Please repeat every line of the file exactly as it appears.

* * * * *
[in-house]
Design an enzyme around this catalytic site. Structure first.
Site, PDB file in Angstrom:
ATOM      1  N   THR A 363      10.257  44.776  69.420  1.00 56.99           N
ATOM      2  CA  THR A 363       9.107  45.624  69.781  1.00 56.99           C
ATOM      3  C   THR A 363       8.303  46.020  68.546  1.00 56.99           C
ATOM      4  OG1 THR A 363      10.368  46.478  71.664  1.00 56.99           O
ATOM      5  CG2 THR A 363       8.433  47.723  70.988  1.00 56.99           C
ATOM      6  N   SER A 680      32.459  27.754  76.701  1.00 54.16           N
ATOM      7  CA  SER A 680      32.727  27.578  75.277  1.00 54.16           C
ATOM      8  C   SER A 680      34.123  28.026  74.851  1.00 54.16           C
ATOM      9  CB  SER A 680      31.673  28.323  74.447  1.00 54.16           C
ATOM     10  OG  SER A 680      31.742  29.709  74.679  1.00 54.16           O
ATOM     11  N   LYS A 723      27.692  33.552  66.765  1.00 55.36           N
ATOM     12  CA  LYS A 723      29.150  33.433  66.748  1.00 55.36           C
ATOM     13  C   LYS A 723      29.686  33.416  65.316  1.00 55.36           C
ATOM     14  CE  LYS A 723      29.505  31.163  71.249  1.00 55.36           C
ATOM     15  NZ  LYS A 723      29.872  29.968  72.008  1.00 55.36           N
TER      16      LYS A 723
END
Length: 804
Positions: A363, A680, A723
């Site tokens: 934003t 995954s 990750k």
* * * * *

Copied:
[in-house]
Design an enzyme around this catalytic site. Structure first.
Site, PDB file in Angstrom:
ATOM      1  N   THR A 363      10.257  44.776  69.420  1.00 56.99           N
ATOM      2  CA  THR A 363       9.107  45.624  69.781  1.00 56.99           C
ATOM      3  C   THR A 363       8.303  46.020  68.546  1.00 56.99           C
ATOM      4  OG1 THR A 363      10.368  46.478  71.664  1.00 56.99           O
ATOM      5  CG2 THR A 363       8.433  47.723  70.988  1.00 56.99           C
ATOM      6  N   SER A 680      32.459  27.754  76.701  1.00 54.16           N
ATOM      7  CA  SER A 680      32.727  27.578  75.277  1.00 54.16           C
ATOM      8  C   SER A 680      34.123  28.026  74.851  1.00 54.16           C
ATOM      9  CB  SER A 680      31.673  28.323  74.447  1.00 54.16           C
ATOM     10  OG  SER A 680      31.742  29.709  74.679  1.00 54.16           O
ATOM     11  N   LYS A 723      27.692  33.552  66.765  1.00 55.36           N
ATOM     12  CA  LYS A 723      29.150  33.433  66.748  1.00 55.36           C
ATOM     13  C   LYS A 723      29.686  33.416  65.316  1.00 55.36           C
ATOM     14  CE  LYS A 723      29.505  31.163  71.249  1.00 55.36           C
ATOM     15  NZ  LYS A 723      29.872  29.968  72.008  1.00 55.36           N
TER      16      LYS A 723
END
Length: 804
Positions: A363, A680, A723
């Site tokens: 934003t 995954s 990750k």